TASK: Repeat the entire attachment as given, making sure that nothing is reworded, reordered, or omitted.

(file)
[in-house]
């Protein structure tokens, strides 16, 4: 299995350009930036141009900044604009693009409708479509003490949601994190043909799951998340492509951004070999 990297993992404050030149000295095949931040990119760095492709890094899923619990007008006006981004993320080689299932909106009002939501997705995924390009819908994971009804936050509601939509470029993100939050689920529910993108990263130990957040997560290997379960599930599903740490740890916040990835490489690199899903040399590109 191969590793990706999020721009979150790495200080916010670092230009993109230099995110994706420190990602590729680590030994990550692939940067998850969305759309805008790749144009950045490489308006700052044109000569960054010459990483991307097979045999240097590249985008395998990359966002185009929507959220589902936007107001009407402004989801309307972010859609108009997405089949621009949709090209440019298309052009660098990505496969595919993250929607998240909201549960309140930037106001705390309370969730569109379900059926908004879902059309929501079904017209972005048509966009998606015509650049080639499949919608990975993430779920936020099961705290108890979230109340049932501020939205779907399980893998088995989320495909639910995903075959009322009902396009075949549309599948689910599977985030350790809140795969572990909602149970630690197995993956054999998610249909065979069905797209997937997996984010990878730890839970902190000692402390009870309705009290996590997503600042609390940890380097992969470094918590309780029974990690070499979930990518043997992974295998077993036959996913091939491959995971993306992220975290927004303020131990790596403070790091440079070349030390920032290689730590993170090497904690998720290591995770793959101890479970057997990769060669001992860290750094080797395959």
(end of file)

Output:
[in-house]
């Protein structure tokens, strides 16, 4: 299995350009930036141009900044604009693009409708479509003490949601994190043909799951998340492509951004070999 990297993992404050030149000295095949931040990119760095492709890094899923619990007008006006981004993320080689299932909106009002939501997705995924390009819908994971009804936050509601939509470029993100939050689920529910993108990263130990957040997560290997379960599930599903740490740890916040990835490489690199899903040399590109 191969590793990706999020721009979150790495200080916010670092230009993109230099995110994706420190990602590729680590030994990550692939940067998850969305759309805008790749144009950045490489308006700052044109000569960054010459990483991307097979045999240097590249985008395998990359966002185009929507959220589902936007107001009407402004989801309307972010859609108009997405089949621009949709090209440019298309052009660098990505496969595919993250929607998240909201549960309140930037106001705390309370969730569109379900059926908004879902059309929501079904017209972005048509966009998606015509650049080639499949919608990975993430779920936020099961705290108890979230109340049932501020939205779907399980893998088995989320495909639910995903075959009322009902396009075949549309599948689910599977985030350790809140795969572990909602149970630690197995993956054999998610249909065979069905797209997937997996984010990878730890839970902190000692402390009870309705009290996590997503600042609390940890380097992969470094918590309780029974990690070499979930990518043997992974295998077993036959996913091939491959995971993306992220975290927004303020131990790596403070790091440079070349030390920032290689730590993170090497904690998720290591995770793959101890479970057997990769060669001992860290750094080797395959």